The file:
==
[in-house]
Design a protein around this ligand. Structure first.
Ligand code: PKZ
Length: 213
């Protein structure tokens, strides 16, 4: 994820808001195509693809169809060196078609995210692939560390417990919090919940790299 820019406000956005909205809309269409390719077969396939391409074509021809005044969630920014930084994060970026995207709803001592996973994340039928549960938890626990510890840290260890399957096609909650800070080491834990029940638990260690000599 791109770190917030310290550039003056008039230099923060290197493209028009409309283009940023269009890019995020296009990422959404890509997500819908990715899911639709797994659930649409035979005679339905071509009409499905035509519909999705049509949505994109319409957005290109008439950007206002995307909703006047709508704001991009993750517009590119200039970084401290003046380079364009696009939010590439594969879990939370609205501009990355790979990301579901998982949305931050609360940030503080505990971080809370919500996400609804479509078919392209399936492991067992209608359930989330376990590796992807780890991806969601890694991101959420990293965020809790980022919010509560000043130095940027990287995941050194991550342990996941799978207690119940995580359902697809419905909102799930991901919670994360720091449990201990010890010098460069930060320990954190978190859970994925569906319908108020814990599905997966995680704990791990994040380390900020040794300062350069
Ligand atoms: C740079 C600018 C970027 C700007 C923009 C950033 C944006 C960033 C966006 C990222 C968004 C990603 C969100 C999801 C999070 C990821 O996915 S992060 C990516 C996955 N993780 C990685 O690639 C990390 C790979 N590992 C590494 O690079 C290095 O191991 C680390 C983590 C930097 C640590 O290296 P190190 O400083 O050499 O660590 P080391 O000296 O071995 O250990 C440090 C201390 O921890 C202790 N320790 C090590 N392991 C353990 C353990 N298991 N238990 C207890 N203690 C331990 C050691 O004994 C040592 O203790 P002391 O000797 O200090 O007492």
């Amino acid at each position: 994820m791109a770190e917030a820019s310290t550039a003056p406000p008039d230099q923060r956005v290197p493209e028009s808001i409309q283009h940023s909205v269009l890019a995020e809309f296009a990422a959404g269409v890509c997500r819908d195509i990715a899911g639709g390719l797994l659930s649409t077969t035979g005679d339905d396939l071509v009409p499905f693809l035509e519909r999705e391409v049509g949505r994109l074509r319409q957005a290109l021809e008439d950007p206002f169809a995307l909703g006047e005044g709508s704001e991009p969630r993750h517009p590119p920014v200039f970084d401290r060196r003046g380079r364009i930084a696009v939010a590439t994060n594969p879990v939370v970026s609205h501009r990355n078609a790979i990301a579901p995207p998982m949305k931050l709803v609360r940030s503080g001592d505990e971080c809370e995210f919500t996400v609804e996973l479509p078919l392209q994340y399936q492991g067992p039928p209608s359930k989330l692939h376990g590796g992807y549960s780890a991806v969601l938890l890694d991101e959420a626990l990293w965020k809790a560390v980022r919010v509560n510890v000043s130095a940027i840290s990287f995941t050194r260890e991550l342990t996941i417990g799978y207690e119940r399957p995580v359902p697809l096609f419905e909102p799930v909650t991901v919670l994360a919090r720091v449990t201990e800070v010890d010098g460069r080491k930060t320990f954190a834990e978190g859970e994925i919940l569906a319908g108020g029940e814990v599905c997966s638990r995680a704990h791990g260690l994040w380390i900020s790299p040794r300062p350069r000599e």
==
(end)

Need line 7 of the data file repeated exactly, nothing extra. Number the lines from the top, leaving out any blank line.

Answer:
């Amino acid at each position: 994820m791109a770190e917030a820019s310290t550039a003056p406000p008039d230099q923060r956005v290197p493209e028009s808001i409309q283009h940023s909205v269009l890019a995020e809309f296009a990422a959404g269409v890509c997500r819908d195509i990715a899911g639709g390719l797994l659930s649409t077969t035979g005679d339905d396939l071509v009409p499905f693809l035509e519909r999705e391409v049509g949505r994109l074509r319409q957005a290109l021809e008439d950007p206002f169809a995307l909703g006047e005044g709508s704001e991009p969630r993750h517009p590119p920014v200039f970084d401290r060196r003046g380079r364009i930084a696009v939010a590439t994060n594969p879990v939370v970026s609205h501009r990355n078609a790979i990301a579901p995207p998982m949305k931050l709803v609360r940030s503080g001592d505990e971080c809370e995210f919500t996400v609804e996973l479509p078919l392209q994340y399936q492991g067992p039928p209608s359930k989330l692939h376990g590796g992807y549960s780890a991806v969601l938890l890694d991101e959420a626990l990293w965020k809790a560390v980022r919010v509560n510890v000043s130095a940027i840290s990287f995941t050194r260890e991550l342990t996941i417990g799978y207690e119940r399957p995580v359902p697809l096609f419905e909102p799930v909650t991901v919670l994360a919090r720091v449990t201990e800070v010890d010098g460069r080491k930060t320990f954190a834990e978190g859970e994925i919940l569906a319908g108020g029940e814990v599905c997966s638990r995680a704990h791990g260690l994040w380390i900020s790299p040794r300062p350069r000599e």